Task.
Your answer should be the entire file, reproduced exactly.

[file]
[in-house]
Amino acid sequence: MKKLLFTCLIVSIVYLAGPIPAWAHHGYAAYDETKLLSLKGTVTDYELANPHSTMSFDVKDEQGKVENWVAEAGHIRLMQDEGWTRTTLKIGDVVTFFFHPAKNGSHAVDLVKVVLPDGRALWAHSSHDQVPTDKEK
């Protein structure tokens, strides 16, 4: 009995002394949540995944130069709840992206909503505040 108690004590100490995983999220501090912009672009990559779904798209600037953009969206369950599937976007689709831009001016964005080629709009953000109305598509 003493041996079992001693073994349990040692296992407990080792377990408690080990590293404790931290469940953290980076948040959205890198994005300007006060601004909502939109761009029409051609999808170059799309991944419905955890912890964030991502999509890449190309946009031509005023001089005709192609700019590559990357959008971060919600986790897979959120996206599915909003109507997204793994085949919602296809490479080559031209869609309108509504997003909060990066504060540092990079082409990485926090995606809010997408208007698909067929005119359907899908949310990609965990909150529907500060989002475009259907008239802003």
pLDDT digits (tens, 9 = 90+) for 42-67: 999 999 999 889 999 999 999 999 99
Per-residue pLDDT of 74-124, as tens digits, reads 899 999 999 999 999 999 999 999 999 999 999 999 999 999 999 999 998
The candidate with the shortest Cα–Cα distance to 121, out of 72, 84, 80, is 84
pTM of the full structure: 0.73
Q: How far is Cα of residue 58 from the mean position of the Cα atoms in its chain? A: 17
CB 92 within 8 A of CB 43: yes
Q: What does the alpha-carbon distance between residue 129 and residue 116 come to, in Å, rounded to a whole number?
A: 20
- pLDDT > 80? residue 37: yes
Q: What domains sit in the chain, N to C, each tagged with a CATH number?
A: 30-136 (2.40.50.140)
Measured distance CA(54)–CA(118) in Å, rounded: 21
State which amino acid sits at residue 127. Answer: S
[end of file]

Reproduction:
[in-house]
Amino acid sequence: MKKLLFTCLIVSIVYLAGPIPAWAHHGYAAYDETKLLSLKGTVTDYELANPHSTMSFDVKDEQGKVENWVAEAGHIRLMQDEGWTRTTLKIGDVVTFFFHPAKNGSHAVDLVKVVLPDGRALWAHSSHDQVPTDKEK
């Protein structure tokens, strides 16, 4: 009995002394949540995944130069709840992206909503505040 108690004590100490995983999220501090912009672009990559779904798209600037953009969206369950599937976007689709831009001016964005080629709009953000109305598509 003493041996079992001693073994349990040692296992407990080792377990408690080990590293404790931290469940953290980076948040959205890198994005300007006060601004909502939109761009029409051609999808170059799309991944419905955890912890964030991502999509890449190309946009031509005023001089005709192609700019590559990357959008971060919600986790897979959120996206599915909003109507997204793994085949919602296809490479080559031209869609309108509504997003909060990066504060540092990079082409990485926090995606809010997408208007698909067929005119359907899908949310990609965990909150529907500060989002475009259907008239802003």
pLDDT digits (tens, 9 = 90+) for 42-67: 999 999 999 889 999 999 999 999 99
Per-residue pLDDT of 74-124, as tens digits, reads 899 999 999 999 999 999 999 999 999 999 999 999 999 999 999 999 998
The candidate with the shortest Cα–Cα distance to 121, out of 72, 84, 80, is 84
pTM of the full structure: 0.73
Q: How far is Cα of residue 58 from the mean position of the Cα atoms in its chain? A: 17
CB 92 within 8 A of CB 43: yes
Q: What does the alpha-carbon distance between residue 129 and residue 116 come to, in Å, rounded to a whole number?
A: 20
- pLDDT > 80? residue 37: yes
Q: What domains sit in the chain, N to C, each tagged with a CATH number?
A: 30-136 (2.40.50.140)
Measured distance CA(54)–CA(118) in Å, rounded: 21
State which amino acid sits at residue 127. Answer: S